What is it?

Did the Japanese immigrants around 1900 suspect that they would create one of the hottest food trends of the new millennium? Probably not. At first it was all about fulfilling the four-year contract and sending as much money home as possible. The Peruvian and Japanese governments had signed an agreement to take in guest workers who were supposed to leave after four years. But many of the men decided to stay and so it is that Peru is now home to the second largest Japanese community, just after Brazil. The Peruvians with Japanese roots and the resulting culture are called Nikkei. It has a short but intense story: over four of the best restaurants in the world offer Nikkei cuisine. She does not adhere rigidly to traditions and rules but reinvents herself every day, which requires a lot of creativity and courage from the chefs. Truly Nikkei is what you will not eat again in any other restaurant. Nikkei chefs are open to new things - including influences from the countries in which they try Nikkei cuisine: Chef Nobu in Matsuhisa (Munich Mandarin Oriental, Beverly Hills, Aspen, Mykonos, Athens and Vail) or the Adria Brothers in Pakta (Barcelona)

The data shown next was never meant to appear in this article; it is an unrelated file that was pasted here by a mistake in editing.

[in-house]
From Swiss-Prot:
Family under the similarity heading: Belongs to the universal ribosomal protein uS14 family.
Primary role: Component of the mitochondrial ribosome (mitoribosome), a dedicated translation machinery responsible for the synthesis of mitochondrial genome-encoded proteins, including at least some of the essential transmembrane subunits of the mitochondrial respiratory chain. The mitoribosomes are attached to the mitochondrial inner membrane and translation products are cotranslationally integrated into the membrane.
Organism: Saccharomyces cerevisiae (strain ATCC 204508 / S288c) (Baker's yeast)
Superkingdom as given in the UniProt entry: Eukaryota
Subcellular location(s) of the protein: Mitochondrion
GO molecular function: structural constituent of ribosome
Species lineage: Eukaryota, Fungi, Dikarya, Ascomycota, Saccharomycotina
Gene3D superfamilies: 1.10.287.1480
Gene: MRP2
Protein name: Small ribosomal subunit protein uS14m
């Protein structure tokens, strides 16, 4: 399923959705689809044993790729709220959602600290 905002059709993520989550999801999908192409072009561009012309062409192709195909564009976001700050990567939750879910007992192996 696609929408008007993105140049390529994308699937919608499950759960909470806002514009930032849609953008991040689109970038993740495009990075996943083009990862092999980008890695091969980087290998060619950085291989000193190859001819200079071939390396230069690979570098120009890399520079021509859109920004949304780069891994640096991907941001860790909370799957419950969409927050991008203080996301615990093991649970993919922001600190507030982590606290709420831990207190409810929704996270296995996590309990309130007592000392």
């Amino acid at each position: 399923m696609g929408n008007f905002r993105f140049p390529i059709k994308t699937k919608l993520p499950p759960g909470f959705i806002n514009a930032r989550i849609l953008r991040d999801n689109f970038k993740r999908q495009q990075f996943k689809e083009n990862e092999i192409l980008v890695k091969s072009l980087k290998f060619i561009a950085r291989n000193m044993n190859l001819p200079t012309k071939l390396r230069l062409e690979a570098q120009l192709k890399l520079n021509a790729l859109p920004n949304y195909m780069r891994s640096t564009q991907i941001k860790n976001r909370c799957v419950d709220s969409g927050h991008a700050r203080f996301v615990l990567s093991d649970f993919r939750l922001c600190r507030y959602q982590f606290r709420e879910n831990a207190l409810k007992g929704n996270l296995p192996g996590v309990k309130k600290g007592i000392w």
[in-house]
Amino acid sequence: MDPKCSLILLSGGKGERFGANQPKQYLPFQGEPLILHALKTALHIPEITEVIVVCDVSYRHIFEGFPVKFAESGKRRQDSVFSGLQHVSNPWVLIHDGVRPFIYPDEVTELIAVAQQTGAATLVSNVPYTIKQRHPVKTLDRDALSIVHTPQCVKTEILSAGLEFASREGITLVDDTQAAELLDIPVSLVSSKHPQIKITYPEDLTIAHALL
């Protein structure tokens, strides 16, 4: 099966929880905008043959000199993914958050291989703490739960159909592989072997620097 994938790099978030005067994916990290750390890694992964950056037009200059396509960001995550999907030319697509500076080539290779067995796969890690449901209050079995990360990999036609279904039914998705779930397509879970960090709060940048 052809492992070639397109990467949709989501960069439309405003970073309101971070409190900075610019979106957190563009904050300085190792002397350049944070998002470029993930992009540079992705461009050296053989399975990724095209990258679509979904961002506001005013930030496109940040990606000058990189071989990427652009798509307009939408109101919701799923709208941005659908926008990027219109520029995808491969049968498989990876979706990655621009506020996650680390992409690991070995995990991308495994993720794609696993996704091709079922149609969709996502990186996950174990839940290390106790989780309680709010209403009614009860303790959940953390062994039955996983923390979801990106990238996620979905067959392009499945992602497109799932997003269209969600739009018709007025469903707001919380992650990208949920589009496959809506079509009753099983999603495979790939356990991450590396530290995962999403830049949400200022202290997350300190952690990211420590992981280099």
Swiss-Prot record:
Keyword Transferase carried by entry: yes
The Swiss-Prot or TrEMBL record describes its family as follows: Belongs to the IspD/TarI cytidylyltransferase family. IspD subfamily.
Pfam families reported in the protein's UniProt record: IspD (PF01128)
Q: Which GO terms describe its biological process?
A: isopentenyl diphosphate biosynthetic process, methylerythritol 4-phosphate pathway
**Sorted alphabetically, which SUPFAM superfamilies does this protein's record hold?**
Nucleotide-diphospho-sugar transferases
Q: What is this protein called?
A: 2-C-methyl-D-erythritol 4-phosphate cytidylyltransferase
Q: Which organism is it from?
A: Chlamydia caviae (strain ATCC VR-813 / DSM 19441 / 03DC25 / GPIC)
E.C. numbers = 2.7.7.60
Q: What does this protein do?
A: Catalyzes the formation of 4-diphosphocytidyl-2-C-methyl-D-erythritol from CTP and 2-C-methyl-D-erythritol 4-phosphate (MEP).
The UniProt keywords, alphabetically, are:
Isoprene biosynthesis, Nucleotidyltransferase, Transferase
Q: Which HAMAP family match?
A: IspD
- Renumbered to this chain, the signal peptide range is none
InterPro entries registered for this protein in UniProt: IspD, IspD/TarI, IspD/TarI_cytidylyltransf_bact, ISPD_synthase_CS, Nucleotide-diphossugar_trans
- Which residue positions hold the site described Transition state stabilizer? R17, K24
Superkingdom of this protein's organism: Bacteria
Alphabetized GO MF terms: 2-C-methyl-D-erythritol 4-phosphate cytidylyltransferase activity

Nikkei Kitchen: Miso Roast



Nikkei Küche ist leicht und gesund 

Die Zutaten müssen frisch sein und sind meist nur wenig verarbeitet. Das macht sie zu einem idealen Gericht für Mittags oder in den edleren Varianten perfekt für ein schickes Gourmet Dinner. Idealerweise probiert man ein kaltes Gericht wie Ceviche, Causa Tataki oder die Maki Roll Acevichado und ein warmes Gericht wie Quinoa Atamalada, Kakuni
(18h lang gekochtes Schweinefleisch) und Arroz con Mariscos (Reis mit Meeresfrüchten), um die Fülle an Aromen und Techniken am besten kennenzulernen.